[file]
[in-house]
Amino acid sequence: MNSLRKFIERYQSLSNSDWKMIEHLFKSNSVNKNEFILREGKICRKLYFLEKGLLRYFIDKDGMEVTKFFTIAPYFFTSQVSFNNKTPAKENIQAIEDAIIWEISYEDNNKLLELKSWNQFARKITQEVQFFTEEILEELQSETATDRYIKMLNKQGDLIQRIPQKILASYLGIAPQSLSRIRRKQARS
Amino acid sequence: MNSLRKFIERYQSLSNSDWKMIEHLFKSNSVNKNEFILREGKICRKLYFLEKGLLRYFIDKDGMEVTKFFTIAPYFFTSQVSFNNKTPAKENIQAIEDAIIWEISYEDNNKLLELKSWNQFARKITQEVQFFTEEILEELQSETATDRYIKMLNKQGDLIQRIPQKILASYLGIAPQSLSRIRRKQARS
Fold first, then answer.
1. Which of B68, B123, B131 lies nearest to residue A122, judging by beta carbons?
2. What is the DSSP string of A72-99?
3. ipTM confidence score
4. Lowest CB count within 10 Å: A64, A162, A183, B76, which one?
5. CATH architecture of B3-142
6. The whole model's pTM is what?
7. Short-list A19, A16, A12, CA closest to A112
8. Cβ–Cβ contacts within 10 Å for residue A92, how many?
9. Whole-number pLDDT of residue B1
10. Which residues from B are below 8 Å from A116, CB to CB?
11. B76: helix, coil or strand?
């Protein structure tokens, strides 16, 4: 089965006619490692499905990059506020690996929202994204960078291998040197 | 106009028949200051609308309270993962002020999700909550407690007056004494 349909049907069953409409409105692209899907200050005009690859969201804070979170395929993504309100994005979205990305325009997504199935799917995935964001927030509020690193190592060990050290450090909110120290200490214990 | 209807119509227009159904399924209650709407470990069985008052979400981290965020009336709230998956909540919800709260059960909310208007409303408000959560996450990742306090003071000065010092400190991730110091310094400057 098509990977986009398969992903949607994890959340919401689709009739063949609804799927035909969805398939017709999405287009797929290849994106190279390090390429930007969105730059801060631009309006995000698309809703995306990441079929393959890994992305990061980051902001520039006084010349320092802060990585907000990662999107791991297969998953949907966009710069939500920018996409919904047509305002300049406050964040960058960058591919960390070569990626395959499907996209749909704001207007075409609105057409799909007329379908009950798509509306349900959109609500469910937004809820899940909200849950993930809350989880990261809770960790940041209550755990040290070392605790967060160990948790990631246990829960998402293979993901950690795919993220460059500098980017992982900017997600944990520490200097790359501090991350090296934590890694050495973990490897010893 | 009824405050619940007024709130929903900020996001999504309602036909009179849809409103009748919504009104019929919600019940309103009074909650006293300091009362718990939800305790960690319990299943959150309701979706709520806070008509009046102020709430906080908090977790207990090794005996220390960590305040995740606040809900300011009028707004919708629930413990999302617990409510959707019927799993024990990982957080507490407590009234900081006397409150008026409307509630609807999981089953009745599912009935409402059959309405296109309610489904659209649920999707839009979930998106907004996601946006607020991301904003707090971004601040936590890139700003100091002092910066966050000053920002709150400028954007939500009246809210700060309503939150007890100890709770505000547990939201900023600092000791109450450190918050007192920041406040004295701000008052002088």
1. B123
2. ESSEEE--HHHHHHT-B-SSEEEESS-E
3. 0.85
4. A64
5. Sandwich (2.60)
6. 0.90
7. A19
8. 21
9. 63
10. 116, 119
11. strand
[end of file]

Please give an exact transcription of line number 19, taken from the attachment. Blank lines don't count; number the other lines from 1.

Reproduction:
3. 0.85